Haulier frustration in Poland as HGV licence exams must be done in Polish
In an angrily-worded statement, Poland's Transport and Logistics Association (TLP) has taken aim at the Polish Government for introducing a “linguistic barrier" to the recruitment of lorry drivers from 3rd countries.
The TLP’s statement explains that according to the new rules, Poland’s HGV licence exam must be done in Polish, with the possibility of a yet-to-be-established Russian-language version the only future alternative.
“A new barrier, this time linguistic, has been added to the permanent and ever deepening problems with visas for drivers, permanent residence cards, exchange of driving licenses, and work permits. It will make it impossible to obtain the pre-qualification necessary to perform work in road transport. The driver will not be able to pass the qualification exam in a language other than Polish or Russian, and participation in the sworn translator exam is – according to the Ministry – impossible under the new regulations,” said TLP in a statement.
The reason TLP’s members are up in arms over the move is that it will severely inhibit their ability to recruit drivers from outside the EU. This puts them at a competitive disadvantage compared to some of their central European counterparts, who are also turning to drivers from Eastern Europe and even Asia in order to fill their HGV driving vacancies.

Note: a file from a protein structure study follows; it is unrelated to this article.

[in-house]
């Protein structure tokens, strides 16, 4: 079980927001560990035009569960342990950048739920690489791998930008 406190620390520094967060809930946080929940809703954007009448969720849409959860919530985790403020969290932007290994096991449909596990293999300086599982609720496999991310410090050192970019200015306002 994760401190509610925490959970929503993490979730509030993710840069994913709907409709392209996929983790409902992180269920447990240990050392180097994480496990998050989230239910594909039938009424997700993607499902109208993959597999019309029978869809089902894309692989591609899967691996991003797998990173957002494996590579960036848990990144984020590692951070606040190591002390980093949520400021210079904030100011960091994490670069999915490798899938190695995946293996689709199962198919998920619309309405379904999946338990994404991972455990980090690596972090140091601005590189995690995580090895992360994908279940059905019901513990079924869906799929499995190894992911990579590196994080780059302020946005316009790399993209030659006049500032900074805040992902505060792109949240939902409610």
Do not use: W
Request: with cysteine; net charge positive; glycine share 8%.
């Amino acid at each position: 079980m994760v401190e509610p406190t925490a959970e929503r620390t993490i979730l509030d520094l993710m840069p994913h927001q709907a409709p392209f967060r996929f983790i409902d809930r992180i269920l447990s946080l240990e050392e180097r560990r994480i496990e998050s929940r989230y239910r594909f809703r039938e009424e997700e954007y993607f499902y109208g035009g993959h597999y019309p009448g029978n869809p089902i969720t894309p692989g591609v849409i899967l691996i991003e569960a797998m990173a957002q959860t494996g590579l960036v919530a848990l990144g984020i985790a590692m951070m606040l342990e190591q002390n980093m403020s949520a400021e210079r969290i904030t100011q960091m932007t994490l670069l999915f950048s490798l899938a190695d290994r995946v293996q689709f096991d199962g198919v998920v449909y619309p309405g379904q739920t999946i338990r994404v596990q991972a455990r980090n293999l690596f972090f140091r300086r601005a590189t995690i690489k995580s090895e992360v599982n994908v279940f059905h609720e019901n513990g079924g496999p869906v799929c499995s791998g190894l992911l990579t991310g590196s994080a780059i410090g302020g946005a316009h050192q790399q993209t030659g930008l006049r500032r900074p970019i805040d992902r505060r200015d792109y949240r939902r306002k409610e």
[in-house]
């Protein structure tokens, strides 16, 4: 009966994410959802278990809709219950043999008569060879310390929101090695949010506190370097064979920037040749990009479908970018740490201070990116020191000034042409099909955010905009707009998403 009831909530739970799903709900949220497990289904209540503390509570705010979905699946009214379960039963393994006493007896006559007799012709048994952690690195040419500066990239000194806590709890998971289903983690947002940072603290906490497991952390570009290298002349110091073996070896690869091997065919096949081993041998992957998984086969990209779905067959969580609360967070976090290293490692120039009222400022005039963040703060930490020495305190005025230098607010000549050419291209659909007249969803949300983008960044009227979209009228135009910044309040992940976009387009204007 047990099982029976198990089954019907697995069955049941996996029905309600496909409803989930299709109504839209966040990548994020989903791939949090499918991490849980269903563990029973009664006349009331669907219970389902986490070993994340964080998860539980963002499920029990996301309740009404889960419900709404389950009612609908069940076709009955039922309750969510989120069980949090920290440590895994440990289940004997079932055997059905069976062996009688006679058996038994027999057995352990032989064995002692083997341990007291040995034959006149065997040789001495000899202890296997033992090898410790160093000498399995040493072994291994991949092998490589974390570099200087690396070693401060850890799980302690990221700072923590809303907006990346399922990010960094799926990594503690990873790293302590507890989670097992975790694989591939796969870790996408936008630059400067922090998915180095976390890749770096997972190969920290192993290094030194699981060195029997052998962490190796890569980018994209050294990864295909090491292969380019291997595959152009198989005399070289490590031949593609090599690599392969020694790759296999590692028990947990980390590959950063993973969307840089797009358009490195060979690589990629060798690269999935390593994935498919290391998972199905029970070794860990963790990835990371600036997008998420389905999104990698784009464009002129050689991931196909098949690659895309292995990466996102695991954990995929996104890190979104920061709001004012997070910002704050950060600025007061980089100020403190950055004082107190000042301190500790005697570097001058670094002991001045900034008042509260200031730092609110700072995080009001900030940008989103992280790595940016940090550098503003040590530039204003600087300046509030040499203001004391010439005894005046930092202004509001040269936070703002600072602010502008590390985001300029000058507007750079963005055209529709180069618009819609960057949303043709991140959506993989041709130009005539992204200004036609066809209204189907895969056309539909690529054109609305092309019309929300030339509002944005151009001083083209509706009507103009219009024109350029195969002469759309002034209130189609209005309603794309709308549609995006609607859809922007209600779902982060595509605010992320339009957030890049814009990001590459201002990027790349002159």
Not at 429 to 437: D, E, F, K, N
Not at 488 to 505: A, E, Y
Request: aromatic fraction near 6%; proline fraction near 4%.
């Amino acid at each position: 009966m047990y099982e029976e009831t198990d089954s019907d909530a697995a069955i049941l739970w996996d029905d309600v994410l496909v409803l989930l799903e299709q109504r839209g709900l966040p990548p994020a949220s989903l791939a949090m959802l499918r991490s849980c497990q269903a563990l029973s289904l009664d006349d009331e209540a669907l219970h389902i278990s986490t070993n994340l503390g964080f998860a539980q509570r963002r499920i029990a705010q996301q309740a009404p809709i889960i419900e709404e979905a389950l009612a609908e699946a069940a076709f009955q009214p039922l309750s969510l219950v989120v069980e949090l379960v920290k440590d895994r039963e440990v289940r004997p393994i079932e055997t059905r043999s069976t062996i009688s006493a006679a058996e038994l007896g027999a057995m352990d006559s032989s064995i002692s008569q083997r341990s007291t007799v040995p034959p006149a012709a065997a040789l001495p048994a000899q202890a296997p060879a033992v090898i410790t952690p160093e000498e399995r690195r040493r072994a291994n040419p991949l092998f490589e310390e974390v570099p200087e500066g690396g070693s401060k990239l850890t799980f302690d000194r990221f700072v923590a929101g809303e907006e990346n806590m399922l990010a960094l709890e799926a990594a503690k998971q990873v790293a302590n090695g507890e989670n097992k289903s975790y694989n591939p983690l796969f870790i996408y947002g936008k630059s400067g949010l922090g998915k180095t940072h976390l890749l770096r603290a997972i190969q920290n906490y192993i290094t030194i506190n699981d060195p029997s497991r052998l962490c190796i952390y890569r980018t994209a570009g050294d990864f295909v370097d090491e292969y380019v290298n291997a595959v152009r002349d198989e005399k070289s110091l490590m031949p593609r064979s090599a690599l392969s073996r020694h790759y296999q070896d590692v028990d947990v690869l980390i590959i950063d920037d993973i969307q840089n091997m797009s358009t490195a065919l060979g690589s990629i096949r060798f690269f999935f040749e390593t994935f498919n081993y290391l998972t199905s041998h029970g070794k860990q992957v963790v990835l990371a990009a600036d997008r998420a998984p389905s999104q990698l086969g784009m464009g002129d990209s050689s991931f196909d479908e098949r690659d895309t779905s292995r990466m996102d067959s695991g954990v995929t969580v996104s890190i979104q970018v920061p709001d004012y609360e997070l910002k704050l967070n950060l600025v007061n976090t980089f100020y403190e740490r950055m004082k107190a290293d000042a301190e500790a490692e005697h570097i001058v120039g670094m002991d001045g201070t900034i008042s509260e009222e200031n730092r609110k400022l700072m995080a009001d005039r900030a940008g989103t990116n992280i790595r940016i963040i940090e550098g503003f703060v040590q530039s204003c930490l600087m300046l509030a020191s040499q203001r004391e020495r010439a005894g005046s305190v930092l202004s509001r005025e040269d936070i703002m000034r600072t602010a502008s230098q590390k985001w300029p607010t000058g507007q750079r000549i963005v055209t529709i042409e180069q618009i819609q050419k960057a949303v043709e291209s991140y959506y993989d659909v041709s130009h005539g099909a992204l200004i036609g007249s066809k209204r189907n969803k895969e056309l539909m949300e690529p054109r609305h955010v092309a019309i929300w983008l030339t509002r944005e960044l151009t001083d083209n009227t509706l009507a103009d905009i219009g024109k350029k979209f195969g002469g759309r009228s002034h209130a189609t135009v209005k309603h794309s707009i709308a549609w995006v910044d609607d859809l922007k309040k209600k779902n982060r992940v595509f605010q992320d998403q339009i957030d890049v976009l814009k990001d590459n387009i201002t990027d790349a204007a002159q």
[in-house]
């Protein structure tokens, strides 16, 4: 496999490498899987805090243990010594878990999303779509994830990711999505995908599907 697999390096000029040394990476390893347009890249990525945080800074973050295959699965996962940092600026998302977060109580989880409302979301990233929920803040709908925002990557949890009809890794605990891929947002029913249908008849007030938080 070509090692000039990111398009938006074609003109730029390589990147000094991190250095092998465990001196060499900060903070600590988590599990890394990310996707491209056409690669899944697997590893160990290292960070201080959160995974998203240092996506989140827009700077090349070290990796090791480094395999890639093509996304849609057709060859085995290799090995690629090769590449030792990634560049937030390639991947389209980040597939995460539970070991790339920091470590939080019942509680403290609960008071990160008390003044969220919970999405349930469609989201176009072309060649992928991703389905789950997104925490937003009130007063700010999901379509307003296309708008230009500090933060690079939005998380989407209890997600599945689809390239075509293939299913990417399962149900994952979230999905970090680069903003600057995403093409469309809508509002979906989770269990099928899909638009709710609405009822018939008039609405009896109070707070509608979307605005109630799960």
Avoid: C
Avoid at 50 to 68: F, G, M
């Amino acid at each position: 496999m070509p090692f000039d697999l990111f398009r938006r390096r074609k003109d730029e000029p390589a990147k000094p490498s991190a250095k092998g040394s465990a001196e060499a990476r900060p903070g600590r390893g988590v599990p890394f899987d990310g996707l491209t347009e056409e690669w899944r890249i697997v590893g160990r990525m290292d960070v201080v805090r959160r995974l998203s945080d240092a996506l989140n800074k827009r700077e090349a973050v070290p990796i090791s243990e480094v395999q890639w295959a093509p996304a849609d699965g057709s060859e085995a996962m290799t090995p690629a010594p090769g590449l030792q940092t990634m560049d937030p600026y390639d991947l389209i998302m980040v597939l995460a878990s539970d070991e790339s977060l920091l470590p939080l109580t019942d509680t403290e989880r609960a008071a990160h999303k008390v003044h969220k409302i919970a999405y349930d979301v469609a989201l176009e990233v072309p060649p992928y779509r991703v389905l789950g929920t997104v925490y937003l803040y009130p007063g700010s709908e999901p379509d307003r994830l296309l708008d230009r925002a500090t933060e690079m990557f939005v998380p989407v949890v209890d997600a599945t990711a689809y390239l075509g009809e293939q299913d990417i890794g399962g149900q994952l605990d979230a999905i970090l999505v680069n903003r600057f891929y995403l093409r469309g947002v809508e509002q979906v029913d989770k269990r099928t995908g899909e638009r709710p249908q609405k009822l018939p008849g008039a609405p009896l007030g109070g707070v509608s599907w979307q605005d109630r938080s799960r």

Writing his thoughts on the matter, TLP President Maciej Wroński asked the question: “How, then, is an English-speaking Indian, Pakistani or Filipino driver to pass the exam?” In his opinion, offering language lessons for the drivers to enable them to take the test in Polish would simply be too expensive and time consuming.
TLP argues this is a problem because Polish road transport companies are starting to recruit drivers from parts of the world other than the former-USSR on an “increasing scale”.
“The Polish Government, instead of supporting the transport industry, which has been performing the greatest transport operations in the European Union for several months, regularly adds new barriers. Meanwhile, in some other European countries it is possible to take the placement examination in other languages, including English,” bemoans the organisation.
Transport and Logistics Poland believes that the use of sworn translators as interpreters should be permitted in order to allow drivers to get their qualifications in Poland. It even says the industry is willing to pay for the cost of the interpreters.
The TLP’s angry reaction to the news comes as more and more Central European hauliers are openly turning to Asia to recruit HGV drivers.
Lithuanian firm cargoGo were one of the first to reveal it had set up a process to facilitate the recruitment of Indian drivers. In a statement published in November 2o21, cargoGo said it expected to be hiring “dozens or even hundreds” of “highly experienced” drivers “from India and other Asian countries in the coming years”.
In late-March of this year, Hungarian haulage giant Waberer’s also said it had started recruiting HGV Drivers from Asia. The company stated it was in the process of employing 79 Indian drivers, 3 fleet operators and an HR manager.
Moreover, as we reported on yesterday, the CEO of the Lithuanian logistics company Hoptrans has said the number of Asian drivers it employs is increasing on a weekly basis.